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So here in the United States, refrigerators are ubiquitous. They’re used to preserve our food everywhere from refrigerated trucks and shipping containers to move the food around once it gets to the grocery store typically in a freezer section or even a refrigerator section, and then of course, we buy it, and we come home, and the first thing we do is we put it into our refrigerator to make sure that it stays longer, it stays fresh, for example. So can you tell us a little bit more about how preservation and refrigeration specifically play into this conversation? Yeah.
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A number of years ago, we looked at the energy use that is associated with our food system throughout from the farm to farm, from agricultural production through processing, retail, distribution, transportation, as well as in our home which a large chunk of it is storage and refrigerators. Still to this day, the striking piece from that is just how large of a contribution those at home refrigerators make. All of us have fairly large capacity refrigerators at our homes. They use a little bit of electricity and that adds up. It’s 10 to 15 percent of the total energy use across our food system, which is on the order is the same amount that gets used in agricultural production.
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So it’s significant, like you said, that has a role but we can start to think about ways of approaching our lives, approaching the designs of our communities in ways that might change that, and ways that people may not need large capacity refrigerators at our homes, where they’re shopping on a more regular basis at a community store, and maybe you just need a small refrigerator in your house. All of those community design questions play a role here. All right. It sounds like if we can reduce the size of the refrigerator is the unit something to aspire to, something that could help us. Generally, yeah. Interesting.
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There’s another interesting trade off that has happened when we phased out refrigerants that were contributing to depletion of the ozone layer. That was an international effort that was very successful. We made a big swap over to other refrigerants because we learned that these old ones were causing the ozone to deplete. A lot of the refrigerants that were popular in that switch out turns out are ones that contribute strongly to greenhouse gas emissions, to global warming. There’s been an additional amendment to that international effort, the Kigali protocol, I think it’s called, to work towards phasing out some of those high carbon footprint refrigerants. So some technology change that needs to happen along with that. Interesting. That’s really helpful context.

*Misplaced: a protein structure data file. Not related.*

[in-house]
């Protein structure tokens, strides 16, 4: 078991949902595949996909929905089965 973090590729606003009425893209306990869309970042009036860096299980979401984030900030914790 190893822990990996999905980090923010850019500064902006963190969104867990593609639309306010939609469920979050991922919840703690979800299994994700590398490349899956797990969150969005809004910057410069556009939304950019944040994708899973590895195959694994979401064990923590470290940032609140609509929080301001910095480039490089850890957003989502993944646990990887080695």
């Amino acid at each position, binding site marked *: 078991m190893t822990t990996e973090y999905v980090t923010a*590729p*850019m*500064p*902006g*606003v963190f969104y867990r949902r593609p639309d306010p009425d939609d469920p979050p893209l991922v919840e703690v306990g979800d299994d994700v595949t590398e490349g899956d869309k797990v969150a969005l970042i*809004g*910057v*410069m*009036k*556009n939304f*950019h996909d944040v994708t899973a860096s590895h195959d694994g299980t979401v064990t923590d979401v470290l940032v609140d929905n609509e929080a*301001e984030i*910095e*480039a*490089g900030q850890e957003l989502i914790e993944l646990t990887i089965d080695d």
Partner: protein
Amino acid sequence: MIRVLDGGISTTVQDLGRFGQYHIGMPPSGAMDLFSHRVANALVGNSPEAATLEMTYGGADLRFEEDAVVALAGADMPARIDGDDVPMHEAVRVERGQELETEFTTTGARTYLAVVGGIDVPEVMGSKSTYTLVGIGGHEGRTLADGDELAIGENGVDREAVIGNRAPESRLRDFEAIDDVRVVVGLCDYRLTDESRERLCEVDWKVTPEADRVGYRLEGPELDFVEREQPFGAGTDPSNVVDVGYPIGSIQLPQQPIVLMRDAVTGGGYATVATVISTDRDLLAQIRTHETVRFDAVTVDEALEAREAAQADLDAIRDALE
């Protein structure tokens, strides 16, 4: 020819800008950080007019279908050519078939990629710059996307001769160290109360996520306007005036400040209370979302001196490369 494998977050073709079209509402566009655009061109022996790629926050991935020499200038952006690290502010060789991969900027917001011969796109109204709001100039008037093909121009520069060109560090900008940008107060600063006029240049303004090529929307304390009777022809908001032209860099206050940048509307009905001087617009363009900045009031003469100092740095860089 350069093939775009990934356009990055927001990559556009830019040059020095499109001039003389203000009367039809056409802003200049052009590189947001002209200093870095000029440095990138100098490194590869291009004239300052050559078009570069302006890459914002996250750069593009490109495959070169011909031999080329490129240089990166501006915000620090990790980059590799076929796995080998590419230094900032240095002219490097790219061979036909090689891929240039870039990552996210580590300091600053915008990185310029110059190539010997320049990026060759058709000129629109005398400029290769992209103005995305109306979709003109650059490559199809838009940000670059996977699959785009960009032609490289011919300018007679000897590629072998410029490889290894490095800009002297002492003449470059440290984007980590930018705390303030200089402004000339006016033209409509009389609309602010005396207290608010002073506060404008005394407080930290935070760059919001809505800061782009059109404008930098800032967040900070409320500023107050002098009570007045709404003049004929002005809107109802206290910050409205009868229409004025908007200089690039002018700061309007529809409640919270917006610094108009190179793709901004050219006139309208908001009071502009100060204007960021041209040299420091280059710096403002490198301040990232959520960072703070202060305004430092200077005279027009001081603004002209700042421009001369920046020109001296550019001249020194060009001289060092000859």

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Our learners are here to reassess their environmental impacts in the food spectrum of things. Specifically looking at packaging and food waste, what would be the main thing that you would recommend?
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Just keeping in mind that packaging has a role. I think it’s valuable to aspire towards using less packaging, but shunning food packaging just outright may not be the best approach. Again, those technologies have an important role to play, and can help in this additional challenge of reducing food waste, and in changing the way that we interact with our food. Great. Well, thank you so much for joining us, Martin. Thank you for joining us in this conversation. We hope to continue the conversation about packaging and food waste in the discussion forums with audio.

Many of us would like to reduce the amount of food waste that occurs in our food systems, while also reducing the amount of plastic packaging that goes into transporting and protecting our food. In this segment, Martin and Benjamin talk about the trade-offs between food waste and food packaging, and what we, as individual consumers, can do about it.

Discussion: What are some examples of material resources that are used to make your food? How does producing the food impact the environment?